The Radius of Us
After a disastrous journey through Mexico that separated him from his younger brother and landed him in detention, Salvadorian teen Phoenix Flores finally gets a lucky break. A kind stranger bails him out and takes him in. That’s how Phoenix finds himself living in a rich Atlanta suburb with a LoJack around his ankle, managing a community garden project, and trying hard to keep a low profile – until Gretchen shows up. First, the crazy white girl runs from him, but then she sets out to find him – probably just to prove to herself that she’s not afraid anymore.
Fear is something the two have in common, since they’ve both suffered as victims of gang violence. As the story unfolds and Phoenix struggles to support his little brother from a distance, Gretchen and Phoenix begin to face their fears together – hoping that, eventually, they’ll give each other the courage to do the scariest thing of all: imagine a future together as survivors.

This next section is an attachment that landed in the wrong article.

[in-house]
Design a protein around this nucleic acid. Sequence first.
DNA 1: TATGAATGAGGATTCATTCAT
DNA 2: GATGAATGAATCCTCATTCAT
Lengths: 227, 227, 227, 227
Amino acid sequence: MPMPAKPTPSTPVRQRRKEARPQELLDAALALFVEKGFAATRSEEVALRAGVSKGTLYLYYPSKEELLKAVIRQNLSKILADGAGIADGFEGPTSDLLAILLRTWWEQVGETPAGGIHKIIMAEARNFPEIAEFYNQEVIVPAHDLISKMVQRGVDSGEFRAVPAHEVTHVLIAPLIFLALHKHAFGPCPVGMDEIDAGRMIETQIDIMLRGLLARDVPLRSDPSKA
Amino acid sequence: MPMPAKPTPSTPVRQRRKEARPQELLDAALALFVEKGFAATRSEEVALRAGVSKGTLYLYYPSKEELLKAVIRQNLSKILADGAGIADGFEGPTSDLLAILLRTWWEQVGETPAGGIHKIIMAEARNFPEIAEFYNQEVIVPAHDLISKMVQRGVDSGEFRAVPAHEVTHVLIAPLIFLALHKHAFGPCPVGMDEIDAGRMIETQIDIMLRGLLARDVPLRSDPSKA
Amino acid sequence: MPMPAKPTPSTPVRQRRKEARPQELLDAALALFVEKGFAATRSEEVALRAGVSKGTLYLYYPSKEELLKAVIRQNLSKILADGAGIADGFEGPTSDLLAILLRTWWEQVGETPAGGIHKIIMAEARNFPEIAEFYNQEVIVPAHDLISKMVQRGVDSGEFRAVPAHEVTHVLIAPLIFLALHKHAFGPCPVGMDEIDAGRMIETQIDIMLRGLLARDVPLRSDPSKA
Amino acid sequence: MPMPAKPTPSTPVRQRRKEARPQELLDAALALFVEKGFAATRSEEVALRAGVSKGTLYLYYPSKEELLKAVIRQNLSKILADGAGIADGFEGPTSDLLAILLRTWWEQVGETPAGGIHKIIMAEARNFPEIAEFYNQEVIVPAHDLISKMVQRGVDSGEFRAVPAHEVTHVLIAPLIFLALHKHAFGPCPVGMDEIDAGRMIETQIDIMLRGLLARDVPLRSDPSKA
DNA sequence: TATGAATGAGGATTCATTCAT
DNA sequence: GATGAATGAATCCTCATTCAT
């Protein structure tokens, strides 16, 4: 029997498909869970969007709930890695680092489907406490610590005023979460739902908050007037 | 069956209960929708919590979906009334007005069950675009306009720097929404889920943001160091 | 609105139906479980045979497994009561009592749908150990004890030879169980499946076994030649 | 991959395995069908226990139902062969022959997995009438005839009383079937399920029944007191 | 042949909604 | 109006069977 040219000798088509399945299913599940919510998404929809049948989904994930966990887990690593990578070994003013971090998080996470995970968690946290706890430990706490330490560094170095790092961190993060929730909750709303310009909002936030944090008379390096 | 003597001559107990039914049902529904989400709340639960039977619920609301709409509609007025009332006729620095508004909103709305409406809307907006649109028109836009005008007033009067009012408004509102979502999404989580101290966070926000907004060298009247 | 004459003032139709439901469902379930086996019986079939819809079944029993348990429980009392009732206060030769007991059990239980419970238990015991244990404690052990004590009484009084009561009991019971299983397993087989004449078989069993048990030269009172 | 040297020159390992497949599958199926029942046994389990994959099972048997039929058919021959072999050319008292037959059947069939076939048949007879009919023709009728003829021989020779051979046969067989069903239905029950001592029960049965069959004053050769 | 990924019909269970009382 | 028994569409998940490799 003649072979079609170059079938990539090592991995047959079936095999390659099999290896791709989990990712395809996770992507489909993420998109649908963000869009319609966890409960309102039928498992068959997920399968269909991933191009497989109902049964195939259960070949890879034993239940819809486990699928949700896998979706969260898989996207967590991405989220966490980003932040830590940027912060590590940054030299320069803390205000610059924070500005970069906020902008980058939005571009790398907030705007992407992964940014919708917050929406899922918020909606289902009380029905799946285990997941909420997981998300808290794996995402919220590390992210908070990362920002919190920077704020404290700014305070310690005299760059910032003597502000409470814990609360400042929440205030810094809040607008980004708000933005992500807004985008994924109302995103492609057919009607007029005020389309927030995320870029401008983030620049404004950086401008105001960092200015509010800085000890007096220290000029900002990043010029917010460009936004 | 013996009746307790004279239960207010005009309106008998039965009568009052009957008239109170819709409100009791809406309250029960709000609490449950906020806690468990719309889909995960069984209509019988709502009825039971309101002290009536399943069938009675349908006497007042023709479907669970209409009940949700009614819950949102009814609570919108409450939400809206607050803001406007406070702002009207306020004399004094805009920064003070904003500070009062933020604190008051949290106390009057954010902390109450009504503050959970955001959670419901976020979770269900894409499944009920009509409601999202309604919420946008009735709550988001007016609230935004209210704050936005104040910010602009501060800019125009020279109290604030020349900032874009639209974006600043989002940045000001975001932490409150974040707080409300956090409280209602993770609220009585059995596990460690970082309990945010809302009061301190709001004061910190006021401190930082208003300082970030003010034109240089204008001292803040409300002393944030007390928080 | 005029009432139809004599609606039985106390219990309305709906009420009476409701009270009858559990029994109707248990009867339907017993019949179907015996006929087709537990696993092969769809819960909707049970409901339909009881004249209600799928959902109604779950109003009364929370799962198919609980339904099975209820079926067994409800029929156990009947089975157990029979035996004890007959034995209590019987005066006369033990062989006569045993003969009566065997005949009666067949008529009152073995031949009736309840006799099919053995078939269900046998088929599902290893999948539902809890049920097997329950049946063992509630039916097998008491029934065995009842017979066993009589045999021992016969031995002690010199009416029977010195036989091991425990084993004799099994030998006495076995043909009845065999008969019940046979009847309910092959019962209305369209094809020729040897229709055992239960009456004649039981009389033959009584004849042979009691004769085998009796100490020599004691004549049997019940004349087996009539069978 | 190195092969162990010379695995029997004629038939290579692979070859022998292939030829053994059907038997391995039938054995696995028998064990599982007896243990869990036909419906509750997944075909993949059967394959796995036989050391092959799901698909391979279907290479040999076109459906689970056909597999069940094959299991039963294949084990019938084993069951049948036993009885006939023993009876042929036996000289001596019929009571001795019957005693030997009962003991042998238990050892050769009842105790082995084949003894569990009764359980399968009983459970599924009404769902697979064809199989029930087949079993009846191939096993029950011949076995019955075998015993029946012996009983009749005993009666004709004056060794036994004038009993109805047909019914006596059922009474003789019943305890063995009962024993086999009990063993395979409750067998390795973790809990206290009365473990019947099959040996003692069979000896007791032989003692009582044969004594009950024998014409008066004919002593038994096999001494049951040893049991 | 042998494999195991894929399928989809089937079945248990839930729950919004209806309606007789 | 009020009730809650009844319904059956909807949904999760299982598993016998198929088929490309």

Both a page-turning romance and a comprehensive view of a young immigrant’s experience, this novel is sure to encourage empathy and perspective among high school students. VERDICT A must-have for all YA collections.
―School Library Journal,
For anyone who feels trapped or constrained by borders or barriers, Marie Marquardt’s The Radius of Us is a bold, brilliant, and decidedly timely novel that reminds us that love can still transcend it all.
―Brendan Kiely, New York Times bestselling author of All American Boys and The Last True Love Story
Every teen and every person should read The Radius of Us. With the politically-charged society that we live in, sometimes you just have to put yourself in someone else’s shoes. This novel is bound to resonate with teens who have had little connection to real stories of immigration before reading The Radius of Us, as well as those who are extremely passionate about immigration already.
―TeenReads (written by a teen board member)
The Radius of Us takes the worlds-colliding poignancy and rich characterization of Eleanor & Park and tackles the human workings of immigration. A powerful, empathetic, achingly beautiful and real story of yearning for a better life and the love that comes with it.
―Jeff Zentner, author of The Serpent King